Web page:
Do you really want to sign up for a horse that you are nervous about (tripping) with a potential future of soundness issues that may make him unridable?

Yes, any horse could end up with issues that make them unridable (or worse) but starting out that way may not be the best for you.

I’d keep searching until I found the right horse… doesn’t trip, decent conformation, shown that it can jump what your goals are :slight_smile:


Thank you all so much, your replies really helped!

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I agree that staying in the lesson program is probably the best use and future for this horse. He’s already good at that job, and if it turns out that his jumping height is limited, that’s okay too, since there will always be lower level lesson students who can ride him at the level he’s comfortable with. You can still be his friend, assuming you’d still be at the same barn with a new horse. You don’t have to feel bad, because he doesn’t need saving. He’ll be just fine.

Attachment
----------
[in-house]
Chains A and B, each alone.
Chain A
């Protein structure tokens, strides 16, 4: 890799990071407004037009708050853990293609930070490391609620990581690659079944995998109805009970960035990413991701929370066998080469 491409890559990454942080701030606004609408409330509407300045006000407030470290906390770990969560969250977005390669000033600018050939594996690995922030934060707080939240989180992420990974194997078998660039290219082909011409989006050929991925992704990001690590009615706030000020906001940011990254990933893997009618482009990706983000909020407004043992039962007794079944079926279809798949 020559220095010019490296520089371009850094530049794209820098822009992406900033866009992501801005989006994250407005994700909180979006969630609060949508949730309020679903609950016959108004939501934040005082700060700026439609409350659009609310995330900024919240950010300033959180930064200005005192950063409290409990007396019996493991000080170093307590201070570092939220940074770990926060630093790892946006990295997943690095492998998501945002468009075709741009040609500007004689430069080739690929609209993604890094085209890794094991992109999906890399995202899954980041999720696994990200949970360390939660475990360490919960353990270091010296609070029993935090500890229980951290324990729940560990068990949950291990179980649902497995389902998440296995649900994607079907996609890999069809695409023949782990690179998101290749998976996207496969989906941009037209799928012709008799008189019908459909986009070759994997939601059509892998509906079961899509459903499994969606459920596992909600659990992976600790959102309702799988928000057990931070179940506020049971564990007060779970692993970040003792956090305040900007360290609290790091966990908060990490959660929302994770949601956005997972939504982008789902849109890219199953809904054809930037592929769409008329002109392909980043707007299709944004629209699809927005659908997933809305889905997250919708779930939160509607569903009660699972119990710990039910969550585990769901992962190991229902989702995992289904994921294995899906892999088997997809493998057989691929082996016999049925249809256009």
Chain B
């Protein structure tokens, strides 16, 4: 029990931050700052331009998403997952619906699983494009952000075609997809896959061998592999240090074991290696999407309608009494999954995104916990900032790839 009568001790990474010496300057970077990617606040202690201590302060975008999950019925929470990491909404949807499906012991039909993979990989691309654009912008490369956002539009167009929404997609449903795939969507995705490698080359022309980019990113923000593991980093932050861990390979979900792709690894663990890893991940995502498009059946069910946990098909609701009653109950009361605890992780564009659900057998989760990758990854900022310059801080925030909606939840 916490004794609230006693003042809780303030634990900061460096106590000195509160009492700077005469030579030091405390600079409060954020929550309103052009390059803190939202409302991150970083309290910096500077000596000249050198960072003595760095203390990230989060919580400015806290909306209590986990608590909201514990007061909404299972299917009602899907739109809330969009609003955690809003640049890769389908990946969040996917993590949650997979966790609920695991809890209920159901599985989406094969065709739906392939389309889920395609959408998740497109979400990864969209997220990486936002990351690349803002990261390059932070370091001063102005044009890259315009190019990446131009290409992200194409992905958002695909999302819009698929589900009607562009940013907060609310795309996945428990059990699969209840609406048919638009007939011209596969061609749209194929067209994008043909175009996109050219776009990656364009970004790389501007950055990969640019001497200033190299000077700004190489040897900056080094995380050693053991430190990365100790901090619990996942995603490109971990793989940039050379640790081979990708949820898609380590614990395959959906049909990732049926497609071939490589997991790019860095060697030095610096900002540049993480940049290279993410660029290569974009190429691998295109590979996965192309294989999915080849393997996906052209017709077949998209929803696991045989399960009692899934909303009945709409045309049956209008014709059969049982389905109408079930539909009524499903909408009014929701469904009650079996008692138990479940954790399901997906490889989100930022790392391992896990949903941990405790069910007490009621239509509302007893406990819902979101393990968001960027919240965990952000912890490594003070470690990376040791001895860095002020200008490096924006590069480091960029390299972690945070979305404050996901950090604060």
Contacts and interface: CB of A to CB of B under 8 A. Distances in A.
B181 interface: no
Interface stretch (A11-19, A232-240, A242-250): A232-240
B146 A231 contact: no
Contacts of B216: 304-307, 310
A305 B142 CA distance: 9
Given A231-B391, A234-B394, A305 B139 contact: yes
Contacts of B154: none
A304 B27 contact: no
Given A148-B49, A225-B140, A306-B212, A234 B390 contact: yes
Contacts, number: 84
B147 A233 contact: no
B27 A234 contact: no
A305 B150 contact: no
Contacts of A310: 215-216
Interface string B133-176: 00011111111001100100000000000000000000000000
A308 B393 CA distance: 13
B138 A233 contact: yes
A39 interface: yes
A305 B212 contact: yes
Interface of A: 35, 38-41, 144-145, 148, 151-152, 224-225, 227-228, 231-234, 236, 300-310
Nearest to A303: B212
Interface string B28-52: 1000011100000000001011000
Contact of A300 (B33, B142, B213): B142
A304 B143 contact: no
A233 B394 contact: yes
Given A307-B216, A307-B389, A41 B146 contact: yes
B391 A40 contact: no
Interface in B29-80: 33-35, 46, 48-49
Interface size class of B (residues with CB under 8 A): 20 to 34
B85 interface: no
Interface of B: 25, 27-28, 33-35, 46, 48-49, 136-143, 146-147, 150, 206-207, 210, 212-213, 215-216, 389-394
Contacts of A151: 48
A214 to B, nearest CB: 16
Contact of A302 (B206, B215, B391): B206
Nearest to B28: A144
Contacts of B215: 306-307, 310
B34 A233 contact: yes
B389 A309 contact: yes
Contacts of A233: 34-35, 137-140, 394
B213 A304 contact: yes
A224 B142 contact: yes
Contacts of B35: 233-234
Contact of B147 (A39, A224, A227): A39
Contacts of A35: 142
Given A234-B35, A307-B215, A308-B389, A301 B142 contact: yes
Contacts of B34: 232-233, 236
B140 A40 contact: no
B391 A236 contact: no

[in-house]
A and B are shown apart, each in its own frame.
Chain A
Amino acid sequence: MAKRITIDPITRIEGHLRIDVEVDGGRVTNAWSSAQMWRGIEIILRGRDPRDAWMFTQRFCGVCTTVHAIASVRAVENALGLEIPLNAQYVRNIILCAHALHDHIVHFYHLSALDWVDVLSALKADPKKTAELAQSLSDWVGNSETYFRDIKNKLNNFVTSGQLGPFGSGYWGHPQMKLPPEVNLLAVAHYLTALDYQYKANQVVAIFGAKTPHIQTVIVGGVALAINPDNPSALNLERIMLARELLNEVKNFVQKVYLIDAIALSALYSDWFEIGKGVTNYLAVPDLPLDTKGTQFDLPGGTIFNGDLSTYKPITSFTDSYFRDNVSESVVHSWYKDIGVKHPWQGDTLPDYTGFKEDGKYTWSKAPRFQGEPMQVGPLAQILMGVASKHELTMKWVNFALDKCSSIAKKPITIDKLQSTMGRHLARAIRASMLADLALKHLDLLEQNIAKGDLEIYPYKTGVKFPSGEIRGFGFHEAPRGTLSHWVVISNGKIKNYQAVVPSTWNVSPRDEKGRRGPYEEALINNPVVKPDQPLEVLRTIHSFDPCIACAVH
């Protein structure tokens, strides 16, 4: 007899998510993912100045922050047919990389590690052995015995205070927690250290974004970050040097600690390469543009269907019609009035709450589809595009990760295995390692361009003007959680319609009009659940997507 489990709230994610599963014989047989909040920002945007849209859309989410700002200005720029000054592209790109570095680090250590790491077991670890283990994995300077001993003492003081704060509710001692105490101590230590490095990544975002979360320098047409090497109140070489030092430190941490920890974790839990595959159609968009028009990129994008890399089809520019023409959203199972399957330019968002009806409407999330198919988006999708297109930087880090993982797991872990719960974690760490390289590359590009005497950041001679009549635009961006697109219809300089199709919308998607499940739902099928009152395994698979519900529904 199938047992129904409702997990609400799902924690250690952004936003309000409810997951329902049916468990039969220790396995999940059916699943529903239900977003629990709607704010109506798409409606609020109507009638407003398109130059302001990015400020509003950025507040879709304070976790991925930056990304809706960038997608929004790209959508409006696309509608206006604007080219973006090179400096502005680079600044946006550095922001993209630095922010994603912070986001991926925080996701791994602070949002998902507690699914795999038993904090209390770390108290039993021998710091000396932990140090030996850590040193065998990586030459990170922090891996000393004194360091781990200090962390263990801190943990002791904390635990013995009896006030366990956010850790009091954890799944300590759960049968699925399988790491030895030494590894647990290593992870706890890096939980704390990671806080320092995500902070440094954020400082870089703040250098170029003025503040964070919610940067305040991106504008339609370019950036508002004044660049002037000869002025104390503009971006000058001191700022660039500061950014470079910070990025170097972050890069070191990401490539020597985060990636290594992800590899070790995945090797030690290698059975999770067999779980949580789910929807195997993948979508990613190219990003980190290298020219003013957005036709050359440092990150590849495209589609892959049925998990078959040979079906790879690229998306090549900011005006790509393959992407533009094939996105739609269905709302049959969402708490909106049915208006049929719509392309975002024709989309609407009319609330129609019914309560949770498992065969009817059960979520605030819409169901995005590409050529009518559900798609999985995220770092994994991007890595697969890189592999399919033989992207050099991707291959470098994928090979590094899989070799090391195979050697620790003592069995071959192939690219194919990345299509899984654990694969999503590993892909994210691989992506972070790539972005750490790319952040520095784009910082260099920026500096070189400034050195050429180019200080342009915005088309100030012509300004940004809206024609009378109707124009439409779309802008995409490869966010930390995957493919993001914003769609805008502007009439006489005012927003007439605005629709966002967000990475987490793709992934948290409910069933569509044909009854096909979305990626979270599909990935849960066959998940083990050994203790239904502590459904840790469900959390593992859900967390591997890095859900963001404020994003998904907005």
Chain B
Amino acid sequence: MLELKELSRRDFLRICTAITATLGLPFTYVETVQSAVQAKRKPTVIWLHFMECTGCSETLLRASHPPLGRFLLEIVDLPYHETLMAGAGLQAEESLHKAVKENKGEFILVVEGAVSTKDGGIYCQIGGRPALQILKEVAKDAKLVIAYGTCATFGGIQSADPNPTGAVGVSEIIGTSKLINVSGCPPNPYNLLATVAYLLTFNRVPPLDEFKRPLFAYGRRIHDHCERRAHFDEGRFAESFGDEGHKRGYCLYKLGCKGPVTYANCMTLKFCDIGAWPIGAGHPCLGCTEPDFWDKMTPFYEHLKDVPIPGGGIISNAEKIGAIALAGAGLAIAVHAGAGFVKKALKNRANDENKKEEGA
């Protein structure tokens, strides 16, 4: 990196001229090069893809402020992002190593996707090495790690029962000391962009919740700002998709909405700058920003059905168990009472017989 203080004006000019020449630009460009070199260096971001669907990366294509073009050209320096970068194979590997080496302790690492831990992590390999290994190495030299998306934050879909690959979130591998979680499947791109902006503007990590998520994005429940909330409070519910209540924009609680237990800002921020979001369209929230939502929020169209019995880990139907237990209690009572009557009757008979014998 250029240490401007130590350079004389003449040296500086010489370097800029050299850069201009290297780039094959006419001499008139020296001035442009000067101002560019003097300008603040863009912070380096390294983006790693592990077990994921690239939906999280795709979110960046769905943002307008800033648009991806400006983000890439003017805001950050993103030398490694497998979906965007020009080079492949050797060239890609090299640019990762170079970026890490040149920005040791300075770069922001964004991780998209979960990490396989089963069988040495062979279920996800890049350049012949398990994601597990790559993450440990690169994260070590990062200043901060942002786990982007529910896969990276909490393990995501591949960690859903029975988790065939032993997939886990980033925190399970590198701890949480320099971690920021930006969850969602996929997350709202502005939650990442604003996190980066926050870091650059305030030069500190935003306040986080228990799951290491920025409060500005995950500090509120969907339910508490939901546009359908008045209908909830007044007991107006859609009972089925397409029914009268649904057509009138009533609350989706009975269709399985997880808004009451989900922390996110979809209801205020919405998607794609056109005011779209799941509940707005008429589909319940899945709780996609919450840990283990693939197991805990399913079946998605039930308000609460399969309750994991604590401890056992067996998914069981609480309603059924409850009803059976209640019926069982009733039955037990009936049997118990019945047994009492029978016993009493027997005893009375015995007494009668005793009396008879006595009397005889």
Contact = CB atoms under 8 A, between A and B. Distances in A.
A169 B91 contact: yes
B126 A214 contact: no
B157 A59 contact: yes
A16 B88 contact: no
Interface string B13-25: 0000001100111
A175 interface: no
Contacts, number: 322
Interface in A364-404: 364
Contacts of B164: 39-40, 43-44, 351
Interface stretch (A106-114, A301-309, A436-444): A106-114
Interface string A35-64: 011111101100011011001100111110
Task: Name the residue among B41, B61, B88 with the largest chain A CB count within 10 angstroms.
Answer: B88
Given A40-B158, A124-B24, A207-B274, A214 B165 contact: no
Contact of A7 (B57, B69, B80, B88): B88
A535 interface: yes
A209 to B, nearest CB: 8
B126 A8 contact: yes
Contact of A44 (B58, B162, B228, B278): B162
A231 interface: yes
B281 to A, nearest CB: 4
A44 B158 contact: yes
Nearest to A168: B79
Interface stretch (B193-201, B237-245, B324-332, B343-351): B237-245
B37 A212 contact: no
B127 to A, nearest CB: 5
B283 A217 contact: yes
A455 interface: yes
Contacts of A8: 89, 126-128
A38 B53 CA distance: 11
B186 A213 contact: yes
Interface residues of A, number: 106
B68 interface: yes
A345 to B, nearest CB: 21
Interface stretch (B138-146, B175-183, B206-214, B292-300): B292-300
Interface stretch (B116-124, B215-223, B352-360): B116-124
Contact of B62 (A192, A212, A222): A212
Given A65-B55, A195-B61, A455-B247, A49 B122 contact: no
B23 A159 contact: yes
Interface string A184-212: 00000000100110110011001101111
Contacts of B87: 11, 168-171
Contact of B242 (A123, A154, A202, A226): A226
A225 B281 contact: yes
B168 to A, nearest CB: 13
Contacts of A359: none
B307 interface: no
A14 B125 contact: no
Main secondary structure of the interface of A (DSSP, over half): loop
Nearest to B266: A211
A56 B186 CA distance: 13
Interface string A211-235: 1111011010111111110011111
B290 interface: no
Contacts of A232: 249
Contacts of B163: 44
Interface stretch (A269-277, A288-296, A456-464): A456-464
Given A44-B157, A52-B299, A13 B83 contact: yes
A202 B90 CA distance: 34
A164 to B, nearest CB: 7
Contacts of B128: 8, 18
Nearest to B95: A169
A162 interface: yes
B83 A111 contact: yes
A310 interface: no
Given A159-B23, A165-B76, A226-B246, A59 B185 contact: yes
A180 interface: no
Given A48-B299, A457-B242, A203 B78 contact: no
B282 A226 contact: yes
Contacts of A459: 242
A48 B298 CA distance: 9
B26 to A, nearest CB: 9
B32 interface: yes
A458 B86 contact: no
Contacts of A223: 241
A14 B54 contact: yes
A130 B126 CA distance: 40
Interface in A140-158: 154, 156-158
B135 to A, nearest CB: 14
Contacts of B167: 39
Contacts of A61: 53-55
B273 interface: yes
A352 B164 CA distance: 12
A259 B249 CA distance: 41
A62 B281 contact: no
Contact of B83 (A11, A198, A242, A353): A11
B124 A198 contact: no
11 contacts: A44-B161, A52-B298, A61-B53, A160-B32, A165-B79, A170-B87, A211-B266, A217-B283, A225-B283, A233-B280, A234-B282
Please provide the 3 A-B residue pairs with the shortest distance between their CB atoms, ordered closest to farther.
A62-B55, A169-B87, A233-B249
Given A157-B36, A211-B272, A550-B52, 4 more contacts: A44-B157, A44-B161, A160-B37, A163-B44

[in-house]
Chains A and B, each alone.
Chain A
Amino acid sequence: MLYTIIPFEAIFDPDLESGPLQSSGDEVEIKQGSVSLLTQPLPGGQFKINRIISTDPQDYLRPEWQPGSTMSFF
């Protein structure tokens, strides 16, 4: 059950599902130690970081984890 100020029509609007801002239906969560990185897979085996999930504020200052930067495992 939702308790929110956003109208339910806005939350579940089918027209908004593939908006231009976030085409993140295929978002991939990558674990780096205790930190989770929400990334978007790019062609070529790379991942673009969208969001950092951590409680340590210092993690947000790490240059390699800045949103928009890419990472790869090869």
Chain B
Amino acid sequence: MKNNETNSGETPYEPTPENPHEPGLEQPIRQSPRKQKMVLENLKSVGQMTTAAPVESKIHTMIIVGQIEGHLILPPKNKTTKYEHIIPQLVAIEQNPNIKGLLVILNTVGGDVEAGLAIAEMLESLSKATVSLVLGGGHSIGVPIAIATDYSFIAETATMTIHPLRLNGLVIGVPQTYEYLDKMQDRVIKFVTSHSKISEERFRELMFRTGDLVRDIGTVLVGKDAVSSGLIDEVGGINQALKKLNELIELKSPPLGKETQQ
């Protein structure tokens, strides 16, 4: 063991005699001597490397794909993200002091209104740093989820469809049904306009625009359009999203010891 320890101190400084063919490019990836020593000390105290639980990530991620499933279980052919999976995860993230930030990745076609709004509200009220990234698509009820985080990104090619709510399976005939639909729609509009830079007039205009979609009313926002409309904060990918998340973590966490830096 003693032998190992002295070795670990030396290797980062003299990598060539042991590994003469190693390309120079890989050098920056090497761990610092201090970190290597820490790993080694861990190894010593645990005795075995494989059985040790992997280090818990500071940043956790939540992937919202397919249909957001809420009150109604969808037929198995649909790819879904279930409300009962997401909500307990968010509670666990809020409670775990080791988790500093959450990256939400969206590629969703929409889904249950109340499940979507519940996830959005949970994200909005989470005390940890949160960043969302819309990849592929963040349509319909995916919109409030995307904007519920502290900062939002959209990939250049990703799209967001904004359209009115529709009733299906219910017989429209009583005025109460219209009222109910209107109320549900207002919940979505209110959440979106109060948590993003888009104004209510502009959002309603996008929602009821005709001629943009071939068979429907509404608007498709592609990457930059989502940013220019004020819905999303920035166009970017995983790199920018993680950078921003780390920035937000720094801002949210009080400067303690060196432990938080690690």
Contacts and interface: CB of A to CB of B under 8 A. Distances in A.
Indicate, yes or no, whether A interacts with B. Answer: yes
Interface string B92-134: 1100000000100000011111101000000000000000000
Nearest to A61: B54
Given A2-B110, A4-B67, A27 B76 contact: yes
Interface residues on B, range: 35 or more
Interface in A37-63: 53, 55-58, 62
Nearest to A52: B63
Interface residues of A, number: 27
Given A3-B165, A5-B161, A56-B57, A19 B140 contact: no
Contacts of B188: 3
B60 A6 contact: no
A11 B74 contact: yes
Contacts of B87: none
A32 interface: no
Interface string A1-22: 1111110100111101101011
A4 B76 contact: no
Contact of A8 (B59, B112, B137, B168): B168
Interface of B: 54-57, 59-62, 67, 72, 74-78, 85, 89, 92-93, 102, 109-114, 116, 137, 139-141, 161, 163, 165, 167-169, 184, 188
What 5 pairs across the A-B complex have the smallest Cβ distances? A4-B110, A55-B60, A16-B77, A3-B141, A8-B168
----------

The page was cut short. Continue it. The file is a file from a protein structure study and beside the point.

Now, be careful in your search for a horse! Lots of lesson students make a mistake when they buy a horse because all they have ever ridden are good-natured lesson horses. A horse who isn’t ridden as much, or as supervised, may have some quirks that you haven’t had experience with yet. Don’t go for anything too green or too high-strung. Find a horse you enjoy riding.


Handsome is as handsome does in horses.

Meaning that you are less likely to get a good ride out of a horse with major conformation flaws, and will not get a good ride out of a horse with injuries or unsoundness.

You might want to get Deb Bennett’s book on functional confirmation if you are horse shopping.

Wanting the basic good conformation and health that makes a horse look and move nicely is simply smart horsemanship, not being shallow :wink:

When the army rejects recruits with health problems or people fail the fitness test to enter fireman training, that’s not shallow. Just realistic.

Things that it would be frivolous to prioritize would be color, markings, long mane and tail, pretty head.

I also wonder about your lesson program. You are continuing to ride a horse that tripped on the trail and nearly killed you and now they want you to buy this horse?

Go find another lesson barn.


(I’m not sure if “Quoting” is how you tag someone, but it seems that’s what people I’ve seen in other forums do to reply to a specific person)

THANK YOU for the army reject example! That really helps me to not feel so bad!